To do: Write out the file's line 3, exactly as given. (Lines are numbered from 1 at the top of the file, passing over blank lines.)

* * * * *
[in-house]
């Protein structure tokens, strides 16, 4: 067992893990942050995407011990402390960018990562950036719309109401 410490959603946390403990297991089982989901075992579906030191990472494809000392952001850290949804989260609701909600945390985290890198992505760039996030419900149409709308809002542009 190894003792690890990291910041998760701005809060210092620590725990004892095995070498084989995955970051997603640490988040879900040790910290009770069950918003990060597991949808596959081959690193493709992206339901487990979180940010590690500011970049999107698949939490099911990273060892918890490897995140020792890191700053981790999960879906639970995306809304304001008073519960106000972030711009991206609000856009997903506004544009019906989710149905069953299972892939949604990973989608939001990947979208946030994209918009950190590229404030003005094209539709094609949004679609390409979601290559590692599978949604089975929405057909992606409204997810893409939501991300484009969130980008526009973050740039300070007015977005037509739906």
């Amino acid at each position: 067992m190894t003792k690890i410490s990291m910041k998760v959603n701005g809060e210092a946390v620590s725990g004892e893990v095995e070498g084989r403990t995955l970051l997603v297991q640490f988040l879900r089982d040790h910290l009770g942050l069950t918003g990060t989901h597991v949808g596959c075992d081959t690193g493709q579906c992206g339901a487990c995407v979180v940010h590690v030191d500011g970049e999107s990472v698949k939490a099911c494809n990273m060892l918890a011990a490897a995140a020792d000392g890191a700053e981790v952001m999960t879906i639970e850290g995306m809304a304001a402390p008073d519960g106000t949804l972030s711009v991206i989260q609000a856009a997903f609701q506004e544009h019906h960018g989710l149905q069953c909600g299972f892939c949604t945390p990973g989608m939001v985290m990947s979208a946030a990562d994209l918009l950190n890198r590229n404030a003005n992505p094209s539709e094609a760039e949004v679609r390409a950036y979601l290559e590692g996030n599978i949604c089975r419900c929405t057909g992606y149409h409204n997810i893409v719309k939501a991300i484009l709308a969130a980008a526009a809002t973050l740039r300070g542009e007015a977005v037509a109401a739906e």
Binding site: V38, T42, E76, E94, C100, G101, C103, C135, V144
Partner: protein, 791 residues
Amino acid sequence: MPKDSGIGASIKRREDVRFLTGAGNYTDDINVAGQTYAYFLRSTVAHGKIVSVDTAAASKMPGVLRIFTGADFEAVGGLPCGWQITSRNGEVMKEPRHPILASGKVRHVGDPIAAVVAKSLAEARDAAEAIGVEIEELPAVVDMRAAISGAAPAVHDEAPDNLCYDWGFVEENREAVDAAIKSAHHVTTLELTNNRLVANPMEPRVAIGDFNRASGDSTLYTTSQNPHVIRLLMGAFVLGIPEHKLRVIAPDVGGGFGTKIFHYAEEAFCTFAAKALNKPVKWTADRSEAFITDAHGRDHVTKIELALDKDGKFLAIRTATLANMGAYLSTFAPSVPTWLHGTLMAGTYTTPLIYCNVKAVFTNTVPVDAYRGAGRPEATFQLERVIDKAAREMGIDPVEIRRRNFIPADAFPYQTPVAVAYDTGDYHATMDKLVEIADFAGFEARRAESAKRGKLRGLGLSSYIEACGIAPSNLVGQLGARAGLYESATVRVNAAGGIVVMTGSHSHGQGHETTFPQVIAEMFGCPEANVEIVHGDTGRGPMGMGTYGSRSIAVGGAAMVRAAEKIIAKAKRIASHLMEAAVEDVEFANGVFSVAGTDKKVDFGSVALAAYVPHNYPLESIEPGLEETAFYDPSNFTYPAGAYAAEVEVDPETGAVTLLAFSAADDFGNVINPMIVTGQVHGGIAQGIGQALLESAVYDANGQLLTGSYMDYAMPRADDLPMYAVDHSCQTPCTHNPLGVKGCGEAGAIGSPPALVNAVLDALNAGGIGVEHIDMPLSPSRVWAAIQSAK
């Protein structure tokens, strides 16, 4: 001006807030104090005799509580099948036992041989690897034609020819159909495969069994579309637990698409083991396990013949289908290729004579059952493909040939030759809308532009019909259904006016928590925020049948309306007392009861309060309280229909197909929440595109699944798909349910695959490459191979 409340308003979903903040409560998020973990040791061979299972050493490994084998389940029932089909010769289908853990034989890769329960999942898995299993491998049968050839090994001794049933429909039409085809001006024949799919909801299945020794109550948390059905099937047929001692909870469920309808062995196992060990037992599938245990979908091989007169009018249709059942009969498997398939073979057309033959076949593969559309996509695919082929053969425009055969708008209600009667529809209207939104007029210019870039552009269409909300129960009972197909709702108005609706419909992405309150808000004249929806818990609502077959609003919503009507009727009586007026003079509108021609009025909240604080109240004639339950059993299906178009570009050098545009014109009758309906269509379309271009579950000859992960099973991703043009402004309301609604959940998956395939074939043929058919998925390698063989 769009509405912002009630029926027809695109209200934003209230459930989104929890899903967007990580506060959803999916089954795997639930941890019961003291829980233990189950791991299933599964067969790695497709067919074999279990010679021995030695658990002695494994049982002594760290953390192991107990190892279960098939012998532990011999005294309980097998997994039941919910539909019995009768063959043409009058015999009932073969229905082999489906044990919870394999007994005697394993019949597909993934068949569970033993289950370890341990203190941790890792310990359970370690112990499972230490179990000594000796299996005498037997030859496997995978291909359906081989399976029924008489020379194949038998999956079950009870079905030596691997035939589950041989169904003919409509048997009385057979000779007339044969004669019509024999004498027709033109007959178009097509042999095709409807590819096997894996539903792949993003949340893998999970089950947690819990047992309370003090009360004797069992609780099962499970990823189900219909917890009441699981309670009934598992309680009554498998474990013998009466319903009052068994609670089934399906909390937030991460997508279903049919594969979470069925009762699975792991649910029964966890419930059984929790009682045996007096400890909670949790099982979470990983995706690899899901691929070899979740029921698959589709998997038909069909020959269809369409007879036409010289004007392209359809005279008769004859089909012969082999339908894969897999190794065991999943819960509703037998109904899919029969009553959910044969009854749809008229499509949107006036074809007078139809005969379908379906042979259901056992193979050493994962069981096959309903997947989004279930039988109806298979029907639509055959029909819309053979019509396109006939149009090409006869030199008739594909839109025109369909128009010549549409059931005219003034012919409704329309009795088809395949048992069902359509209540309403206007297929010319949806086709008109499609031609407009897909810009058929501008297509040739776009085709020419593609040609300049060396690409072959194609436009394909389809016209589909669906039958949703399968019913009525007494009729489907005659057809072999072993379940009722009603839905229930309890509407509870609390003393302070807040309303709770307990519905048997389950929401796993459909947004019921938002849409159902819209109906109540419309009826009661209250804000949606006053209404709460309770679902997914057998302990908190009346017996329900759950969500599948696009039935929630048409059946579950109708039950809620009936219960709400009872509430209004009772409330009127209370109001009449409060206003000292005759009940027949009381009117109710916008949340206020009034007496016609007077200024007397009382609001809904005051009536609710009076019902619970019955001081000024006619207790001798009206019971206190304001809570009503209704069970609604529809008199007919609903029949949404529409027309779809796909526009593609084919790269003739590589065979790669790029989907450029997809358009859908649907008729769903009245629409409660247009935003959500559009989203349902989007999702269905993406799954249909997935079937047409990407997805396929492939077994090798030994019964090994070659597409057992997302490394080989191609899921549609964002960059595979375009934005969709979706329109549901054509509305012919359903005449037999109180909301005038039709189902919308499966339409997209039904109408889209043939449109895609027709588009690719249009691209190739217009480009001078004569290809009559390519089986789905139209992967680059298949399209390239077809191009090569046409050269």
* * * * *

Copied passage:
């Amino acid at each position: 067992m190894t003792k690890i410490s990291m910041k998760v959603n701005g809060e210092a946390v620590s725990g004892e893990v095995e070498g084989r403990t995955l970051l997603v297991q640490f988040l879900r089982d040790h910290l009770g942050l069950t918003g990060t989901h597991v949808g596959c075992d081959t690193g493709q579906c992206g339901a487990c995407v979180v940010h590690v030191d500011g970049e999107s990472v698949k939490a099911c494809n990273m060892l918890a011990a490897a995140a020792d000392g890191a700053e981790v952001m999960t879906i639970e850290g995306m809304a304001a402390p008073d519960g106000t949804l972030s711009v991206i989260q609000a856009a997903f609701q506004e544009h019906h960018g989710l149905q069953c909600g299972f892939c949604t945390p990973g989608m939001v985290m990947s979208a946030a990562d994209l918009l950190n890198r590229n404030a003005n992505p094209s539709e094609a760039e949004v679609r390409a950036y979601l290559e590692g996030n599978i949604c089975r419900c929405t057909g992606y149409h409204n997810i893409v719309k939501a991300i484009l709308a969130a980008a526009a809002t973050l740039r300070g542009e007015a977005v037509a109401a739906e």